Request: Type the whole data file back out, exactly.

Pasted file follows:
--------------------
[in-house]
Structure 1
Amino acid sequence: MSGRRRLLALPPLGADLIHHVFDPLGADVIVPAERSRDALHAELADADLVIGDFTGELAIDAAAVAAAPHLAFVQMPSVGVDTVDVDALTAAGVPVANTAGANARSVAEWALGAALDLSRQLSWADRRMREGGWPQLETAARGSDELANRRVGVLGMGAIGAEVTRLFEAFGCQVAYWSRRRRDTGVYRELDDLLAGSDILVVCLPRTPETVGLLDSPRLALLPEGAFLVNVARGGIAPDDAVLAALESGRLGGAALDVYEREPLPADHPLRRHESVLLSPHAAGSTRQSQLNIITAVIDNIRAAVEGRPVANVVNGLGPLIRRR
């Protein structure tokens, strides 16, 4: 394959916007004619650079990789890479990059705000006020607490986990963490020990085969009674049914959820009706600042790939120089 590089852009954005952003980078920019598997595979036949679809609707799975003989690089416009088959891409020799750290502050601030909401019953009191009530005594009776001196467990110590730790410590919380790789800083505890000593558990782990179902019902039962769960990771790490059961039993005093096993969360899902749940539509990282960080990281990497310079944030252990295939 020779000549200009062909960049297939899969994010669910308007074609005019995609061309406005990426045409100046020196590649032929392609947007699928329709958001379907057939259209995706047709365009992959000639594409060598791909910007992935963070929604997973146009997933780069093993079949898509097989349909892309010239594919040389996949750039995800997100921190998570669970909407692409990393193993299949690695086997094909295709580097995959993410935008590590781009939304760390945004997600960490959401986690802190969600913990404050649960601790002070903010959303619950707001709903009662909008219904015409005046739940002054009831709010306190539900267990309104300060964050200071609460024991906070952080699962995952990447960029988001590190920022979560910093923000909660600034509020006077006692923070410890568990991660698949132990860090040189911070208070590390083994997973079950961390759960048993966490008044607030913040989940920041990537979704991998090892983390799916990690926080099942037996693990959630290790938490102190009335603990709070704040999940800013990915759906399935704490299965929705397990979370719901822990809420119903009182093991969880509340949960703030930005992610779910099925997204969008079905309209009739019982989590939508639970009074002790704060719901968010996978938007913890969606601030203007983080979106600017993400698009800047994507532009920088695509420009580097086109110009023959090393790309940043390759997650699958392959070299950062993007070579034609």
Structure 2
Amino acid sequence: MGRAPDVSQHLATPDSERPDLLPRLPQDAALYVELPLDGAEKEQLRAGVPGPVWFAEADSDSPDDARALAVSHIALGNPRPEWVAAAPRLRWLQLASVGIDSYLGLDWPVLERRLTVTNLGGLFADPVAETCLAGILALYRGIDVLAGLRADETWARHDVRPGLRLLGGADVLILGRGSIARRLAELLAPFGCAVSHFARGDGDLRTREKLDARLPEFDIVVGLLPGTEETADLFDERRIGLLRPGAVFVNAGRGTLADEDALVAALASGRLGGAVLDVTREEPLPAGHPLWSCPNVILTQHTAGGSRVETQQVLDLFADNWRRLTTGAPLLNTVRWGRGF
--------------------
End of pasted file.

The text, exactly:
[in-house]
Structure 1
Amino acid sequence: MSGRRRLLALPPLGADLIHHVFDPLGADVIVPAERSRDALHAELADADLVIGDFTGELAIDAAAVAAAPHLAFVQMPSVGVDTVDVDALTAAGVPVANTAGANARSVAEWALGAALDLSRQLSWADRRMREGGWPQLETAARGSDELANRRVGVLGMGAIGAEVTRLFEAFGCQVAYWSRRRRDTGVYRELDDLLAGSDILVVCLPRTPETVGLLDSPRLALLPEGAFLVNVARGGIAPDDAVLAALESGRLGGAALDVYEREPLPADHPLRRHESVLLSPHAAGSTRQSQLNIITAVIDNIRAAVEGRPVANVVNGLGPLIRRR
């Protein structure tokens, strides 16, 4: 394959916007004619650079990789890479990059705000006020607490986990963490020990085969009674049914959820009706600042790939120089 590089852009954005952003980078920019598997595979036949679809609707799975003989690089416009088959891409020799750290502050601030909401019953009191009530005594009776001196467990110590730790410590919380790789800083505890000593558990782990179902019902039962769960990771790490059961039993005093096993969360899902749940539509990282960080990281990497310079944030252990295939 020779000549200009062909960049297939899969994010669910308007074609005019995609061309406005990426045409100046020196590649032929392609947007699928329709958001379907057939259209995706047709365009992959000639594409060598791909910007992935963070929604997973146009997933780069093993079949898509097989349909892309010239594919040389996949750039995800997100921190998570669970909407692409990393193993299949690695086997094909295709580097995959993410935008590590781009939304760390945004997600960490959401986690802190969600913990404050649960601790002070903010959303619950707001709903009662909008219904015409005046739940002054009831709010306190539900267990309104300060964050200071609460024991906070952080699962995952990447960029988001590190920022979560910093923000909660600034509020006077006692923070410890568990991660698949132990860090040189911070208070590390083994997973079950961390759960048993966490008044607030913040989940920041990537979704991998090892983390799916990690926080099942037996693990959630290790938490102190009335603990709070704040999940800013990915759906399935704490299965929705397990979370719901822990809420119903009182093991969880509340949960703030930005992610779910099925997204969008079905309209009739019982989590939508639970009074002790704060719901968010996978938007913890969606601030203007983080979106600017993400698009800047994507532009920088695509420009580097086109110009023959090393790309940043390759997650699958392959070299950062993007070579034609």
Structure 2
Amino acid sequence: MGRAPDVSQHLATPDSERPDLLPRLPQDAALYVELPLDGAEKEQLRAGVPGPVWFAEADSDSPDDARALAVSHIALGNPRPEWVAAAPRLRWLQLASVGIDSYLGLDWPVLERRLTVTNLGGLFADPVAETCLAGILALYRGIDVLAGLRADETWARHDVRPGLRLLGGADVLILGRGSIARRLAELLAPFGCAVSHFARGDGDLRTREKLDARLPEFDIVVGLLPGTEETADLFDERRIGLLRPGAVFVNAGRGTLADEDALVAALASGRLGGAVLDVTREEPLPAGHPLWSCPNVILTQHTAGGSRVETQQVLDLFADNWRRLTTGAPLLNTVRWGRGF